Gay Sexuality and African Writers

On Barack Obama’s recent visit to Kenya, Uhuru Kenyatta schooled him on what’s relevant to Kenyans. Despite Obama’s lecture on “bad things” happening “when people are treated differently under the law,” Kenyatta insisted that gay rights “is not really an issue on the foremost mind of Kenyans”. Kenyatta must have felt pretty smug about his response. But as Kari Mugo wrote yesterday in AIAC, “These proud proclamations of bigotry as a Kenyan way of being would be comical, except that they have real lived consequences for Kenyans like me”.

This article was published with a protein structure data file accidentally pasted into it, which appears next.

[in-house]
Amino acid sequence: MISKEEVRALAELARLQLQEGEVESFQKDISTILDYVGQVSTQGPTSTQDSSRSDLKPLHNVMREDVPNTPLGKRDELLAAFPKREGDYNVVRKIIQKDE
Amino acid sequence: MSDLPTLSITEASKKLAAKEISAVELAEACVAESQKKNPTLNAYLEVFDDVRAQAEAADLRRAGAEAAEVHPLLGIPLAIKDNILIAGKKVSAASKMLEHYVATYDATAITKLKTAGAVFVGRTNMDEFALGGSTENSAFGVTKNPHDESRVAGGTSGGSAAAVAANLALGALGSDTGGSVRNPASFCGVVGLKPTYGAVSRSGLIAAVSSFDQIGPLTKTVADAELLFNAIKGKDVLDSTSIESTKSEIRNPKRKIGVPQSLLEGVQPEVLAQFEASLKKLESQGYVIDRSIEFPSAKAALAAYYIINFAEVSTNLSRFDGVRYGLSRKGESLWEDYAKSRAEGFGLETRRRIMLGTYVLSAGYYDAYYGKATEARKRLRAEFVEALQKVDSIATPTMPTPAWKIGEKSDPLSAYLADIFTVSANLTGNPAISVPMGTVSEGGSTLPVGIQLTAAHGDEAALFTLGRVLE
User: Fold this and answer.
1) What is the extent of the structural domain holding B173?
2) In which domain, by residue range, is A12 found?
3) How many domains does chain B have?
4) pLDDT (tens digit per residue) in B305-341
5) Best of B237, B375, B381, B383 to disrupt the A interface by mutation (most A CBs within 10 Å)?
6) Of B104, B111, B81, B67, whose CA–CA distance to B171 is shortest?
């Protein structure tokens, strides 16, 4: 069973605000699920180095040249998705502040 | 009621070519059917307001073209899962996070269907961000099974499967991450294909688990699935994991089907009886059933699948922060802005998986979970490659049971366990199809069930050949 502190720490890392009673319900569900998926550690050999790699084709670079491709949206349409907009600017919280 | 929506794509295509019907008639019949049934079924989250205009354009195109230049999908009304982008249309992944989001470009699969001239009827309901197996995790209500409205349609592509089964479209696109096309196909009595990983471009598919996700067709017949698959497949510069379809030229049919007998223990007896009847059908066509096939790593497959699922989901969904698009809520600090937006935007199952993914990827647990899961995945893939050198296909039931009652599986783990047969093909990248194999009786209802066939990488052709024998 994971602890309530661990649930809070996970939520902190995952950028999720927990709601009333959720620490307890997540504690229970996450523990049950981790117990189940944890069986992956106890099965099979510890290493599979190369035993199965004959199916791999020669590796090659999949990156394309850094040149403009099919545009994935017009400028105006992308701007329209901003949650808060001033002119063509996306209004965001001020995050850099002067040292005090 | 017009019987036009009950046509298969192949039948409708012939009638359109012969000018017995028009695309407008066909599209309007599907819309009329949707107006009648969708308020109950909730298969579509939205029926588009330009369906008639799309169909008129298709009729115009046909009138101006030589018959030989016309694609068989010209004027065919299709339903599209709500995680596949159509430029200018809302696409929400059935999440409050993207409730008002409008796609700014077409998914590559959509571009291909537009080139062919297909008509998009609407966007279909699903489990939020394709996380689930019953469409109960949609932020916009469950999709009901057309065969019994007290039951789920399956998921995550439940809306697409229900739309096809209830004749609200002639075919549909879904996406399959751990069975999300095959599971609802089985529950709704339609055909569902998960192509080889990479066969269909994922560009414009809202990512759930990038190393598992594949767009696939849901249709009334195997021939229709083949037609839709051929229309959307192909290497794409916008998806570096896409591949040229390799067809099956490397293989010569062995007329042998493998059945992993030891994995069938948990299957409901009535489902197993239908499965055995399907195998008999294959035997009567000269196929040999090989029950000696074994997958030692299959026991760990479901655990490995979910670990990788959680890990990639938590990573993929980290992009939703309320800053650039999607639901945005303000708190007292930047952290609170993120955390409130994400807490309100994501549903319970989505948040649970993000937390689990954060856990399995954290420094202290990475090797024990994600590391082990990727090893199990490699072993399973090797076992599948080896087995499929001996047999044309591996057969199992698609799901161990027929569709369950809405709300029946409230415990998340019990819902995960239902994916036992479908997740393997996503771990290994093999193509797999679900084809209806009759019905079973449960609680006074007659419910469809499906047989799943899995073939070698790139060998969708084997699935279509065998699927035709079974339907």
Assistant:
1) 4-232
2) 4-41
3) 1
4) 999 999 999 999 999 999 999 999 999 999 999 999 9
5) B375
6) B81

Policing sexuality and ensuring that heteronormativity is drilled into us has long been a part of post-colonial culture, and back in the day some prominent African writers jumped on that bandwagon. In fact, African novelists have always been intrigued by same-sex relationships, but Soyinka’s 1965 novel has become the critics’ go-to place for old-school representation of same-sex love. In The Interpreters, Soyinka’s treatment of homosexuality is cringe-worthy and extremely unsympathetic. Same-sex desire is caricatured and vilified through the figure of a mixed-race African-American gay man playing out the classic stereotype of the non-African homosexual outsider whom everyone treats with mild indifference or open revulsion. Soyinka was not alone in depicting the sexual other as a figure to be vilified: Yambo Ouloguem, Armah, and Aidoo have all written novels where same-sex desire is short hand for western or colonial perversion.